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Caracalla (Latin: Marcus Aurelius Severus Antoninus Augustus) was one of the cruelest rulers of  Ancient Rome.

Although he had many projects contributing to the roman society, notably the Baths of Caracalla, his misdeeds overwhelm the amount of good he did.

He murdered his own brother, Geta and his wife, as well as his followers, and claimed that his brother tried to killed him first, so he killed him in self defence. He also forbade his mother to shed a tear over that.

Once, the citizens of Alexandria mocked him with a public play satirising him. When Caracalla heard about it, he flew into a rage. Traveling with an army to Alexandria, the terrified citizens smothered him in luxury hoping to appease him. It appeared to be working, but turned out to be a trick; he invited the citizens to the city square and ordered his soliders to attack. Roughly 20,000 people were killed, and their city was burned and looted.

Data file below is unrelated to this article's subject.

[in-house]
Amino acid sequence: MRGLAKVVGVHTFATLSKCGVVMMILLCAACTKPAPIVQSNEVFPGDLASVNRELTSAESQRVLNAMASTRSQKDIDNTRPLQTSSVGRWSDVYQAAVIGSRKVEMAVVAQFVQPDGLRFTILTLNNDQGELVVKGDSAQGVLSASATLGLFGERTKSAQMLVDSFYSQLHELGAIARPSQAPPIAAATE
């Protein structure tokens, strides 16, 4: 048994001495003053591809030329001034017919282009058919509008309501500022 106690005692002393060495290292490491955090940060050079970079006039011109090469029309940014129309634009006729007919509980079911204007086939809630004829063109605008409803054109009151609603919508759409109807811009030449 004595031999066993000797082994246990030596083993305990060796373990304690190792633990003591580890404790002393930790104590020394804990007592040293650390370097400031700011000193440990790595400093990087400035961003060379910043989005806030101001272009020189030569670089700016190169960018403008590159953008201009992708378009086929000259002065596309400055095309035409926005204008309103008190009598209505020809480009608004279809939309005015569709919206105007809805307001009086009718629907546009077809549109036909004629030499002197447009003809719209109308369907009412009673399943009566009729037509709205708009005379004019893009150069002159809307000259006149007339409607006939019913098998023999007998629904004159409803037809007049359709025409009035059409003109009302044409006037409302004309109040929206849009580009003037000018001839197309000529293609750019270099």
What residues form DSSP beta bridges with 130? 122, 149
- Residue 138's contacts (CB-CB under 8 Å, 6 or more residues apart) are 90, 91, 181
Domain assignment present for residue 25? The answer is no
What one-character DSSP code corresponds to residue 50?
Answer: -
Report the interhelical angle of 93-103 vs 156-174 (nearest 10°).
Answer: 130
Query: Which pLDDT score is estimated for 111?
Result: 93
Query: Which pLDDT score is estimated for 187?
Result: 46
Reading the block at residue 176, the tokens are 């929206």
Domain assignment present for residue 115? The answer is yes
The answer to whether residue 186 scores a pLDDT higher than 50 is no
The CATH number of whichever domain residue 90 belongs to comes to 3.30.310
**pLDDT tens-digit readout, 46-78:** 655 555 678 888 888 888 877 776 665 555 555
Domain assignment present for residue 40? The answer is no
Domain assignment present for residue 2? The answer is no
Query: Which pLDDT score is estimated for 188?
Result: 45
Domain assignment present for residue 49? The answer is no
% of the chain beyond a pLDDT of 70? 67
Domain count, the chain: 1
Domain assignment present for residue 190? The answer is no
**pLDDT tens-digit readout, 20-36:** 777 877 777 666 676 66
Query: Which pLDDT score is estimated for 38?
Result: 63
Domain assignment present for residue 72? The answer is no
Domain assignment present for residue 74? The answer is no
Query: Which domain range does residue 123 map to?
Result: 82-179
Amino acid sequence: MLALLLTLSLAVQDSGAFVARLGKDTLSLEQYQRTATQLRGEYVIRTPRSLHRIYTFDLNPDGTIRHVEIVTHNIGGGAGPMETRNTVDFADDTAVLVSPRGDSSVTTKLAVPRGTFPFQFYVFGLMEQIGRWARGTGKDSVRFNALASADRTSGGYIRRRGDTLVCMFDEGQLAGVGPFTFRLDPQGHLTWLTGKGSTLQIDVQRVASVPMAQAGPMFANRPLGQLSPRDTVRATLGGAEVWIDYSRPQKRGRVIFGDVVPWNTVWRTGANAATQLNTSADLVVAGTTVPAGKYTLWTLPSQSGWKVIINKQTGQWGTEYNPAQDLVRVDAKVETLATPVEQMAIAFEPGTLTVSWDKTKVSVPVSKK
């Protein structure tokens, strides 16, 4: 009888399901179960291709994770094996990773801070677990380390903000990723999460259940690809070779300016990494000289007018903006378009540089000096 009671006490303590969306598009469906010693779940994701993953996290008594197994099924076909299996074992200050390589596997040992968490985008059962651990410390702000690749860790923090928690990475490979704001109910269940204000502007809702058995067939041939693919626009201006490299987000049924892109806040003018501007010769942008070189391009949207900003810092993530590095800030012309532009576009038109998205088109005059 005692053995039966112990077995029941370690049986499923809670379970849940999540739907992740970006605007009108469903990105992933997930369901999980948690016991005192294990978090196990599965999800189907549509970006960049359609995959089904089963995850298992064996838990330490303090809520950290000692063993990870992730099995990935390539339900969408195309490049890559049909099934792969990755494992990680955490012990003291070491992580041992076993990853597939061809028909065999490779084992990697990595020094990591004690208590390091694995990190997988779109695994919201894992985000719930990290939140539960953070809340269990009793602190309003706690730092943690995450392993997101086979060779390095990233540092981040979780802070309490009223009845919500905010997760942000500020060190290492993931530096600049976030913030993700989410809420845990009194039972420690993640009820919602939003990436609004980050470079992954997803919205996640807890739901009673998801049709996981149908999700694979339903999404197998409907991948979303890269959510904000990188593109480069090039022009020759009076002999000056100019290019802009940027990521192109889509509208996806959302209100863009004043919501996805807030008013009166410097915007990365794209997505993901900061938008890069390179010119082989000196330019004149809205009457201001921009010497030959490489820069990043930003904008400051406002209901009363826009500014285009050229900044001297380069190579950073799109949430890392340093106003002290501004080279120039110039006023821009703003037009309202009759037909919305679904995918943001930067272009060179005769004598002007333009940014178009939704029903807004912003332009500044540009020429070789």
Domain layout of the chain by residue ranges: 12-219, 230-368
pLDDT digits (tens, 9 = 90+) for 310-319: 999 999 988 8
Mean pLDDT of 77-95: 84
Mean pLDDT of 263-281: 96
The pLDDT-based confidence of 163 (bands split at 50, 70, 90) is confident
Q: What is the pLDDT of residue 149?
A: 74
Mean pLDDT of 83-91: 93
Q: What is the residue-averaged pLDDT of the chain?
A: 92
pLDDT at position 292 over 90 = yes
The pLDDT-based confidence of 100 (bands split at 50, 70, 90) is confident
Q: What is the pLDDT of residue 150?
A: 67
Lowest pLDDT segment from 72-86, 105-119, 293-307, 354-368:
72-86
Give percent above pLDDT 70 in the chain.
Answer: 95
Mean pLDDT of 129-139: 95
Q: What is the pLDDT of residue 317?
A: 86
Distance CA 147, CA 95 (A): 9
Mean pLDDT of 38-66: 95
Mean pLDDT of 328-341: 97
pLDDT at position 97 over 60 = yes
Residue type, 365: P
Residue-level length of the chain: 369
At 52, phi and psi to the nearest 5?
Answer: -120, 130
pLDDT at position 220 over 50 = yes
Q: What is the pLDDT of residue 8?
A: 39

He was killed in 217 AD while urinating by the side of a road, by his personal guard Macrinus, who would become the next emperor.

Caracalla was also the cousin of the emperor Elagabalus.